Dick Meader noticed the first evidence of Parkinson’s disease 15 years ago.
Signs of the progressive nervous system disorder gradually became more pronounced, to the point where the longtime University of Maine at Farmington men’s basketball coach was diagnosed with the condition several years ago.
Now 73, Meader continues to coach through the gradual changes he endures from year to year. His passion for teaching and coaching are a continuing source of motivation for his daily 33-mile commute from his Waterville home to his Dearborn Gymnasium office on the UMF campus.
“I’m a little more tired, but not much,” said Meader, who secured his 500th career coaching victory on Jan. 10 with an 83-51 win at Northern Vermont-Lyndon. “Then you have to ask yourself, is it Parkinson’s or just old age?”
Meader’s voice is not as loud as it once was, making it slightly more difficult to communicate positive reinforcement during a game. Handwriting is another struggle, due to hand tremors.
“I can’t really write a sentence now legibly,” he said. “If I do, I really have to sit and concentrate on doing it. I try to do crossword puzzles now. I maybe do one a week now, where before the season I’d do it every day but Sunday.
“It makes me concentrate, but my Solon [High School] education keeps me from doing more,” Meader said with a laugh.
One thing that may make the veteran coach — a member of both the Maine Basketball Hall of Fame and UMF Athletics Hall of Fame — feel more youthful these days is the play of his team. UMaine-Farmington is having one of its best seasons in Meader’s 27-year tenure at his alma mater. The stint followed 17 seasons in the same capacity at Thomas College in Waterville.
The Beavers, winners of the past 13 games, are 17-3 overall and 9-0 in the North Atlantic Conference heading into two key weekend games at SUNY Canton (13-8, 9-1 NAC).
“The disease definitely affects him, but he would never say a word about it,” said Riley Robinson, a senior forward from Dixfield. “He’s just too team-first. He doesn’t ever want to talk about himself.”
One thing that impresses Robinson most about Meader is his endurance.
“He’s a tough guy, too,” he said. “I’ll come in here to shoot at 8:30 in the morning and he’ll already be here, and we don’t have practice until 6. I’ll say. ‘Coach, what are you doing all day?’
“It certainly has not affected his work ethic.”
As much as UMF’s success this year is based on an experienced roster with five senior starters back from a year ago and the added presence of former University of Maine point guard Terion Moss, the teamwork within the coaching staff is similarly significant.
That’s particularly true of the relationship between Meader and assistant coach Jim Bessey, the longtime former boys basketball coach at nearby Mt. Blue High School.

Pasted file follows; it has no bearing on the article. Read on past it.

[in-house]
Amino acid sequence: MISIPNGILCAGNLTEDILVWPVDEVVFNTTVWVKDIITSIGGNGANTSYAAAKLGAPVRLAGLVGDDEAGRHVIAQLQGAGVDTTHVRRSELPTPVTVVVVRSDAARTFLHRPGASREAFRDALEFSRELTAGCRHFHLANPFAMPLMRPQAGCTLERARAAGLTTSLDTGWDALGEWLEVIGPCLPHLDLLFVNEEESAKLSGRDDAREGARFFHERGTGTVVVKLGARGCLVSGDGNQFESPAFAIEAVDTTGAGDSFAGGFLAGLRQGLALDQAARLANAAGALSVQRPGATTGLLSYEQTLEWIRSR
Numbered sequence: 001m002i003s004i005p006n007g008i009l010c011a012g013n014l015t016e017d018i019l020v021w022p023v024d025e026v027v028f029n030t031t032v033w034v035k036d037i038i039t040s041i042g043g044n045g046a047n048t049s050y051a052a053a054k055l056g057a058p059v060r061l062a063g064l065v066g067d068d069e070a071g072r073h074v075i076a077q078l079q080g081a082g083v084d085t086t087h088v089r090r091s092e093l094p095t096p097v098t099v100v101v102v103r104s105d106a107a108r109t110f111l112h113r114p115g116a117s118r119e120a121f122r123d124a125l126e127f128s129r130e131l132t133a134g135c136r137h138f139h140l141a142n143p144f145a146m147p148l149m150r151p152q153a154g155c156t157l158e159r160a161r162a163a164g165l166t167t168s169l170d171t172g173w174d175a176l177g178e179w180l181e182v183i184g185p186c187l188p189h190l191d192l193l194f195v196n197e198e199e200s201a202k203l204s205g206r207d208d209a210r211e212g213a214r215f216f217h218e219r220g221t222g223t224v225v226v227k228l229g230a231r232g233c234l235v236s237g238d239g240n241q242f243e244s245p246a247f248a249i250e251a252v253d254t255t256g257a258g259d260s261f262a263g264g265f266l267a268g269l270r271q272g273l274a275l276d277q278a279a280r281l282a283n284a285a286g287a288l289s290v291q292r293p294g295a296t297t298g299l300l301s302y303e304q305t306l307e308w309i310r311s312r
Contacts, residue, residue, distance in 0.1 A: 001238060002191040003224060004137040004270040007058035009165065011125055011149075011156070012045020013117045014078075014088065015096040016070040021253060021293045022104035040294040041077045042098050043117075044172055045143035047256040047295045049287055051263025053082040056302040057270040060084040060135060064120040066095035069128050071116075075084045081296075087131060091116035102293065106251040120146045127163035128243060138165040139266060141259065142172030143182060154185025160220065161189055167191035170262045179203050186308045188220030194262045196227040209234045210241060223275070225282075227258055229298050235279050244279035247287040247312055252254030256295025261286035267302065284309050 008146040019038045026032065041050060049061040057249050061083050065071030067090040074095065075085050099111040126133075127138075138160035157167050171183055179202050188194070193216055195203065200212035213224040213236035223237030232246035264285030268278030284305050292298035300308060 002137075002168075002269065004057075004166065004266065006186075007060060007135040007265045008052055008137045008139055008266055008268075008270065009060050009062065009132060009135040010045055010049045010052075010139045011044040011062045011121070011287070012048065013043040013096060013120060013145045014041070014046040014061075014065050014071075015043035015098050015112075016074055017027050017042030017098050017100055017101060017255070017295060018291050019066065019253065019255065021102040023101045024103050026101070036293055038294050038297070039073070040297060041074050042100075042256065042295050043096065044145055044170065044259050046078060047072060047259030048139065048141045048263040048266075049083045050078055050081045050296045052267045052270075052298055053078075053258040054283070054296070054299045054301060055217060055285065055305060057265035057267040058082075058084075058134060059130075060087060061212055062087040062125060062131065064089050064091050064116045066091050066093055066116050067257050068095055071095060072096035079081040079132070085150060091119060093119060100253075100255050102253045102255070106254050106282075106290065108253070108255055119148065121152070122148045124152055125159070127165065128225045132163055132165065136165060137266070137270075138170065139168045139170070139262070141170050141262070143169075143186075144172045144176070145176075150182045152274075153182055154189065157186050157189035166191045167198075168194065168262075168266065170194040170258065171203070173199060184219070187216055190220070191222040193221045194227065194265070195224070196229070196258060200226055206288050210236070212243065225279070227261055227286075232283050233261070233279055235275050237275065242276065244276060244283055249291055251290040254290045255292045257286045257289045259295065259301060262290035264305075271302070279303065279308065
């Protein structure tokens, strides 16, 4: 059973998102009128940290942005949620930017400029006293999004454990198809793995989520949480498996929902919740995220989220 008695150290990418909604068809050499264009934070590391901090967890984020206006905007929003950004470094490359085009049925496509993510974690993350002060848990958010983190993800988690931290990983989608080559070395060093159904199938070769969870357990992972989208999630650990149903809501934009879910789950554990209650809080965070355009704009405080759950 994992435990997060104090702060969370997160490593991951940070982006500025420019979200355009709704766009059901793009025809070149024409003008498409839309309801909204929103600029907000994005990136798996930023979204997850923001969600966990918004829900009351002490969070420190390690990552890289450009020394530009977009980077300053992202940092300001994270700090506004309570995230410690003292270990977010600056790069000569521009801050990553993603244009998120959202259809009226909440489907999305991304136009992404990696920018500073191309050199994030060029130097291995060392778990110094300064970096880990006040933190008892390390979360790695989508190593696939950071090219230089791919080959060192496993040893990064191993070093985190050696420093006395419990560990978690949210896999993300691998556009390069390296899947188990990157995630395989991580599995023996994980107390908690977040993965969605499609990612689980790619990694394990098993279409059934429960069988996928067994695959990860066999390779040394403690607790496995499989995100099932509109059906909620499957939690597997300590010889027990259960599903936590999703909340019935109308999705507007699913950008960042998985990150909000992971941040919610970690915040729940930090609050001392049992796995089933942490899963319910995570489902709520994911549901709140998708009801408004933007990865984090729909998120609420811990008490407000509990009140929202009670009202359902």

“It really always seems like they’re on the same page,” Robinson said. “Coach Meader won’t even finish a sentence, and Bessey comes in and finishes the sentence for him. You can tell they spend a lot of time in the office together going over X’s and O’s. They always know what they want to do and how to do it best.”
Bessey joined Meader’s coaching staff eight years ago. And while that was about the time Meader was diagnosed with Parkinson’s, that wasn’t part of their initial talks about joining forces.
“I was just hoping Jim would, and he has, kind of sit back and observe and tell us his thoughts about when we should do something different or continue on, and he got right into it,” Meader said.
Bessey said he and Meader are focused so much on planning for practices and games that Meader’s health rarely comes up.
“It’s gotten worse because Parkinson’s gets worse, there’s no escaping that,” Bessey said, “but I’ve been with him a lot, so I wouldn’t notice it as much as someone else.”
Meader’s relationships with Bessey and fellow assistant coaches Nate Carson and Jared Browne have grown more collaborative in recent years.
“We’re pretty organized before the game,” Bessey said. “We have our scouting reports. We know our substitution pattern. I’ll write it down on a piece of paper, and he goes over it and says when they’re going to play, and then I’ll watch the clock. And when the time comes, I’ll tap him on the shoulder and say are you ready for him, and he’ll say yes or no.
“Then during timeouts we usually huddle up before we go to the players, and at halftime it’s the same thing. We meet someplace and organize ourselves first,” Bessey said.
That’s just the kind of support Meader wants.
“Jim’s quick to step in and do some things where I’m a little bit slower reacting now, and he treats the team as if it’s own, which is good,” he said. “I think we all work well as a team with the players.”
Meader admits retirement time is drawing near, but he continues to enjoy the work involved in facilitating his team’s pursuit of an NCAA Division III tournament berth.
“[I’ll get done] when I’m starting to feel like I’m holding them back a little bit, and that time is getting closer,” he said. “I haven’t talked with the players about that yet, but they are a pretty responsible group.”